|Notes from the Front Lines: The Gimmick
||[Jan. 31st, 2009|05:17 pm]
International Bon Vivant and Raconteur
The other day, flowers arrived at our office for a colleague. The note read, "To find out who sent these, check your email." We were all excited because we thought maybe she had a secret admirer, but that turned out not to be the case. Instead, the truth was disappointing on an almost epic scale.
The flowers were from a writer trying to get her attention. The email he'd sent was a query that began with something like, "Now that you've received my flowers..." It was all a gimmick, nothing more.
Had the book he was pitching been about flowers, or about romance, I could almost understand it. In fact, I might even think it was clever. But again, that wasn't the case. His book had nothing to do with either. Quite simply, the flowers were a way for him to get his query read immediately, to unfairly jump the line in front of all the other writers whose queries she hadn't gotten to yet and who were waiting patiently.
An extremely expensive way to cut in line, I might add. Flowers ain't cheap!
Did it work? Well, she did read his query right away. But did she follow up with a request that he send the proposal, or the full manuscript? I don't know, and in a way, that's my point. Regardless of how lovely the flowers were, whether or not she or anyone else would be interested in his query has to do with the query itself, and nothing else. Is the idea interesting? If the author included a sample in the email, is the writing any good? Does the author have any kind of pre-existing platform upon which to grow an audience? Is there a market for the book? The exact same questions one would ask about queries from authors who didn't send flowers.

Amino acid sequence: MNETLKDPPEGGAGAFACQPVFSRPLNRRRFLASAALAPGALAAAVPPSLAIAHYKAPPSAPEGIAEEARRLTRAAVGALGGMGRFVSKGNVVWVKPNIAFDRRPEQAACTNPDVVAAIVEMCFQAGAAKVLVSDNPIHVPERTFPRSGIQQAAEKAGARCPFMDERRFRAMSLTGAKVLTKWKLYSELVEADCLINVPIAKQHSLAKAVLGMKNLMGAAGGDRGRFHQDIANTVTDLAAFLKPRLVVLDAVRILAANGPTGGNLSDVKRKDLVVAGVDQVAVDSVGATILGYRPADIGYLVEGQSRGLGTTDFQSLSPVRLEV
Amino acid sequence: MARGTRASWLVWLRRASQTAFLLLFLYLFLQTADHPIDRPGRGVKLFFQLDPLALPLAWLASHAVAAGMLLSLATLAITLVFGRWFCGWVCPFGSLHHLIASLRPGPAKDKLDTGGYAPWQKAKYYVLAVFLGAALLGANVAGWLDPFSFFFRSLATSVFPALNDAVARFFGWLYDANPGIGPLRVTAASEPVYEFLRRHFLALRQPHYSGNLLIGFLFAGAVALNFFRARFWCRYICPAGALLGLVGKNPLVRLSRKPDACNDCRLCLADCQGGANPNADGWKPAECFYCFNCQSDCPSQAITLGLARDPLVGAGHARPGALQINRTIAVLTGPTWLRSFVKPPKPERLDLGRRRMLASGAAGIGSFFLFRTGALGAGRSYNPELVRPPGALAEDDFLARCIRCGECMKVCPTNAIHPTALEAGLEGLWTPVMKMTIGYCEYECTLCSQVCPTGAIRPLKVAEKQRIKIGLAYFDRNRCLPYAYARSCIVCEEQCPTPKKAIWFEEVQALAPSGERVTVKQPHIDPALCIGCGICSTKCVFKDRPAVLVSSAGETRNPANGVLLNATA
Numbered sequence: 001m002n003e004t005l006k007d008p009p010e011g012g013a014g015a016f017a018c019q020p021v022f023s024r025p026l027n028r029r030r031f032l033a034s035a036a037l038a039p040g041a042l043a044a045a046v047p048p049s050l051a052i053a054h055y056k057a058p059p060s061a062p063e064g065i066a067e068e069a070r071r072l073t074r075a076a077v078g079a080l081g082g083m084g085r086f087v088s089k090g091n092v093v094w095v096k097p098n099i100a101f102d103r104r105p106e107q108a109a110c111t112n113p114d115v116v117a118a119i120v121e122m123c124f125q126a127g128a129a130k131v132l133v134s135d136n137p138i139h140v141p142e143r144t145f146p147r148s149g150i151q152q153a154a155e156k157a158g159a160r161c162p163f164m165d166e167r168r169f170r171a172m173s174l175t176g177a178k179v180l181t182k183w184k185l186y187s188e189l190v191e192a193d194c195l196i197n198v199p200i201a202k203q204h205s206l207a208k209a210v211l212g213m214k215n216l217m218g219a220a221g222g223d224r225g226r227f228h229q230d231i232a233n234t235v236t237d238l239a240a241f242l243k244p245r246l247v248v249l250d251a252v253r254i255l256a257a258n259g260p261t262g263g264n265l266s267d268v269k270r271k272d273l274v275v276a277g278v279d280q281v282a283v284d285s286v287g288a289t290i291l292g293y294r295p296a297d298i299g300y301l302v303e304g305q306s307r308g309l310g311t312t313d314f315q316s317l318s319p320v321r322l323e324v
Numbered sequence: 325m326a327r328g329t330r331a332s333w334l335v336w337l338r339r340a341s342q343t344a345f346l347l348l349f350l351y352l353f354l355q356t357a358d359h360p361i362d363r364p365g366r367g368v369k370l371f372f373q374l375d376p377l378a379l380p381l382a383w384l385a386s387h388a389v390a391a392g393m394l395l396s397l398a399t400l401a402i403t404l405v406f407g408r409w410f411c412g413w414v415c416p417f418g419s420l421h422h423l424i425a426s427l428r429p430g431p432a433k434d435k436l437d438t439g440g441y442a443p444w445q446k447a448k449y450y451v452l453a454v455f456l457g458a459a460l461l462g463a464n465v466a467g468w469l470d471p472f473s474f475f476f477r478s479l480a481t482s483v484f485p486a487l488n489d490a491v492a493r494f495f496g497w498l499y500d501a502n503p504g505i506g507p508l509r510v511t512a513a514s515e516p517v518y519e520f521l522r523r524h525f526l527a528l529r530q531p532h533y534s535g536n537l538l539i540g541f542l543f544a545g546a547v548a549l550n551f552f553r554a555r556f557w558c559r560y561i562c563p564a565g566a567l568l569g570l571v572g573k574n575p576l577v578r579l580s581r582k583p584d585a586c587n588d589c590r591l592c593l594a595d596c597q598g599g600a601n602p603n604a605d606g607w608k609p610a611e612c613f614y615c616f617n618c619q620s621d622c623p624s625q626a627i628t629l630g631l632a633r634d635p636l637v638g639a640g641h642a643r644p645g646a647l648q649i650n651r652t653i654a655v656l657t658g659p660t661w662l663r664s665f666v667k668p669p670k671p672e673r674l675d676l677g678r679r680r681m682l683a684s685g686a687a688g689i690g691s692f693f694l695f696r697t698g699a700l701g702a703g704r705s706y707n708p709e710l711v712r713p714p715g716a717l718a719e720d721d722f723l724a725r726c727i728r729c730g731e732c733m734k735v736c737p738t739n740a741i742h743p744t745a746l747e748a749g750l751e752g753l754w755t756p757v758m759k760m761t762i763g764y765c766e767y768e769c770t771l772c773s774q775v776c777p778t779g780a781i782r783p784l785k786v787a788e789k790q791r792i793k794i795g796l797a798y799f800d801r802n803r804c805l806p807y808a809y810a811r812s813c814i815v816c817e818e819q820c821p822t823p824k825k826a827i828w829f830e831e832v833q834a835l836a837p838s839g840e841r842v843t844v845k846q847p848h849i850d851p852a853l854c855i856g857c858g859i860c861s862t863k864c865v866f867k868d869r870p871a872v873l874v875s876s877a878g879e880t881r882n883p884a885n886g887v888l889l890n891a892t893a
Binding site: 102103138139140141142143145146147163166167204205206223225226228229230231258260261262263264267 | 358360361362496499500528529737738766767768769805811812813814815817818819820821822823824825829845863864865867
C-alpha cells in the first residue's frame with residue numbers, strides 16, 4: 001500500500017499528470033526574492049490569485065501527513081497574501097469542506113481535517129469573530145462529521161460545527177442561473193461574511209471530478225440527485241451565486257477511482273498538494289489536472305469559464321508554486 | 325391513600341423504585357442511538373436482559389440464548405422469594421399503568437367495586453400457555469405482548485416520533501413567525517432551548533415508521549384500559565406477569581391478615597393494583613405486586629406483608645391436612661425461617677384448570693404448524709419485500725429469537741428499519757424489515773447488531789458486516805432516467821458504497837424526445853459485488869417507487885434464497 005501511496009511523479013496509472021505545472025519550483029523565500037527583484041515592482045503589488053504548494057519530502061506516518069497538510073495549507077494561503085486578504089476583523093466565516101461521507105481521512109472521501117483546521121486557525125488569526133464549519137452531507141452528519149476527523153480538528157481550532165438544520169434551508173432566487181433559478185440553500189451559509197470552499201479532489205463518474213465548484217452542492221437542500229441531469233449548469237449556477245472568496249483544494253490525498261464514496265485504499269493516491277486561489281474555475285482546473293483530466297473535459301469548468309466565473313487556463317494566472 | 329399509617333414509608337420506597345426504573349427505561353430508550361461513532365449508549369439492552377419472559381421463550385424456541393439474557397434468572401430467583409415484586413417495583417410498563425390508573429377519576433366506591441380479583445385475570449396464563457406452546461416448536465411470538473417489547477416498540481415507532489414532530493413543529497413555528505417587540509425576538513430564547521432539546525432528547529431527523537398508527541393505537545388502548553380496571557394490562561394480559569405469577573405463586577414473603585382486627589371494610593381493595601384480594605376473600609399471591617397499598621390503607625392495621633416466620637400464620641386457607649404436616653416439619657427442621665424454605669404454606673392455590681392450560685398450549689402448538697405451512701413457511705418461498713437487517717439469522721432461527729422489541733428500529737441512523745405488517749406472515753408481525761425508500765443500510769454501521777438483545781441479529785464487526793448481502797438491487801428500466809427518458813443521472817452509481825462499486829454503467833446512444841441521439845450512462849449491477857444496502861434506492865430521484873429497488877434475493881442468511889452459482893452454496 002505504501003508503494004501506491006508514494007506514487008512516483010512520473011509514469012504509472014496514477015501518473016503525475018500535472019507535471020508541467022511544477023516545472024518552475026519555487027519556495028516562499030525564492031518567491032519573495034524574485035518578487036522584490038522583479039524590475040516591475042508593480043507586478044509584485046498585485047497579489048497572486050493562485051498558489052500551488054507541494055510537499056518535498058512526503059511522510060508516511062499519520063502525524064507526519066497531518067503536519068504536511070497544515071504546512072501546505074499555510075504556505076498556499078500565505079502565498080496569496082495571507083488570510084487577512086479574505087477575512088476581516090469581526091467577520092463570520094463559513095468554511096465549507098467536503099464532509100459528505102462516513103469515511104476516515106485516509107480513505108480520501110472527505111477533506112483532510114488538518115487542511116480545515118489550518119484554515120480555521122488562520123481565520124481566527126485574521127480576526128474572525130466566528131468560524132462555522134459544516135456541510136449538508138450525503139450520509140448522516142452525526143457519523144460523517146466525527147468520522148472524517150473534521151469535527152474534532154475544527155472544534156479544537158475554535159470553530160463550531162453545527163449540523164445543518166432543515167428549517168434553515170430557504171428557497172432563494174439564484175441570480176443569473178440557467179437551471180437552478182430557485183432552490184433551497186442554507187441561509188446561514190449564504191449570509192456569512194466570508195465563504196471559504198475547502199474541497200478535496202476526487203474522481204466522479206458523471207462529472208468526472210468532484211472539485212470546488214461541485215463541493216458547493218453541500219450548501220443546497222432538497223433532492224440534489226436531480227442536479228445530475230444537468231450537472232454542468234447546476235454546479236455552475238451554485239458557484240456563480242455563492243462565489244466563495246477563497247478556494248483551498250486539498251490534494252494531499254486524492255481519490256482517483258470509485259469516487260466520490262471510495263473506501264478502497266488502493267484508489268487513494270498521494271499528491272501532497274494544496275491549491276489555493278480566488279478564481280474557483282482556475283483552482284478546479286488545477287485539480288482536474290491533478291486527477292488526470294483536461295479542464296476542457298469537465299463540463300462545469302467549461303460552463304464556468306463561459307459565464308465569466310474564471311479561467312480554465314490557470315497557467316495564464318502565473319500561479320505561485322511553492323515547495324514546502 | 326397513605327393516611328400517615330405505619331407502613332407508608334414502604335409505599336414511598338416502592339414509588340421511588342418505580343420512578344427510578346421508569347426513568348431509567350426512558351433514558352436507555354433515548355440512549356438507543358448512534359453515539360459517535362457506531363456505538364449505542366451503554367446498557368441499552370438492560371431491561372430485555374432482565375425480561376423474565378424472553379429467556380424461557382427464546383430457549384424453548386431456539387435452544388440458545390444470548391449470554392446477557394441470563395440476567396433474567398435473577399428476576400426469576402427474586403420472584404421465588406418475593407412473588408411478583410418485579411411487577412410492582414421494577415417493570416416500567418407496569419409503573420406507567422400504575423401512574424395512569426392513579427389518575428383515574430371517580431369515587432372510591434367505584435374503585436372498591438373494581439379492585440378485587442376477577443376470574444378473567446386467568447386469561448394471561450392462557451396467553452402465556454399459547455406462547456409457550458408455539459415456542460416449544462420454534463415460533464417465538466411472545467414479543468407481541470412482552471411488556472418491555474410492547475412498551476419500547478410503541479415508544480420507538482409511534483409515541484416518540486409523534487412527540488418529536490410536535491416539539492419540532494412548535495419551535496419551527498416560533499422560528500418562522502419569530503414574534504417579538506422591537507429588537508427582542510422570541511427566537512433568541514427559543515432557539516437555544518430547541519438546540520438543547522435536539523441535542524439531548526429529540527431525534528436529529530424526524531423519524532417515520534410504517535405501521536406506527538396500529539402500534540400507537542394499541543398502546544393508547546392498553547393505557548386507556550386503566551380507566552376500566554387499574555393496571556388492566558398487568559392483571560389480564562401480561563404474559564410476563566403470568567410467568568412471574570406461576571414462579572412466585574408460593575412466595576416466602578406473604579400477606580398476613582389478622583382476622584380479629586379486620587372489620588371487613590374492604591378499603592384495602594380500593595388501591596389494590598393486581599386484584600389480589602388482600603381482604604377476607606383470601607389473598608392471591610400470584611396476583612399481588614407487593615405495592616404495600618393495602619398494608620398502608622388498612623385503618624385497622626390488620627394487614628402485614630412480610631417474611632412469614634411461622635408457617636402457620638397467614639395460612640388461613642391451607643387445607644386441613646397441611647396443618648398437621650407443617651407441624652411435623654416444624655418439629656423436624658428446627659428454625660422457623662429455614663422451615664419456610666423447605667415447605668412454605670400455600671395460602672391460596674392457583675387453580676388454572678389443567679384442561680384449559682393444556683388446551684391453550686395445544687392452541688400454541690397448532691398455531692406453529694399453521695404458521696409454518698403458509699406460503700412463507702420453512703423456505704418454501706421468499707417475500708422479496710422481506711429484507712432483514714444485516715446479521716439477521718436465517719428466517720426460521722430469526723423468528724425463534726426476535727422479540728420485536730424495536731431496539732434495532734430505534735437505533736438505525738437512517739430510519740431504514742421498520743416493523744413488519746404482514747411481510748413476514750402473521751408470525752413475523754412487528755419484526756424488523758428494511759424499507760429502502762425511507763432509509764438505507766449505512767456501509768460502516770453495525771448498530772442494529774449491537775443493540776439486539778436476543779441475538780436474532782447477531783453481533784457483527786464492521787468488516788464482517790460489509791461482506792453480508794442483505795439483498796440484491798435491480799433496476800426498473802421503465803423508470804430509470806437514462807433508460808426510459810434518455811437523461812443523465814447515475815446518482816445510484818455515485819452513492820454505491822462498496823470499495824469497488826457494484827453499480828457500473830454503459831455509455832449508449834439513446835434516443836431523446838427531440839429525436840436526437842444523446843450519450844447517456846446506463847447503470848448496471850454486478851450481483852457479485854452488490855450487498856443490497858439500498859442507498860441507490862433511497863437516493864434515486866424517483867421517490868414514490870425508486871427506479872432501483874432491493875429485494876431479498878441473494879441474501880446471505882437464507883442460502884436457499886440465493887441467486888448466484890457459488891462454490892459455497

My advice to you, dear writers who are reading this, is to save your money, especially in these hard financial times, but even in good times too. Gimmicks may be attention-grabbing, but they won't get you representation, or publication. Only your book can do that. The best use of your time is to make your book amazing, not thinking up gimmicks.
Unless your book is about how awesome chocolate is and you feel like sending me a proposal accompanied by delicious, delicious chocolate, in which case I'm one hundred percent behind the idea.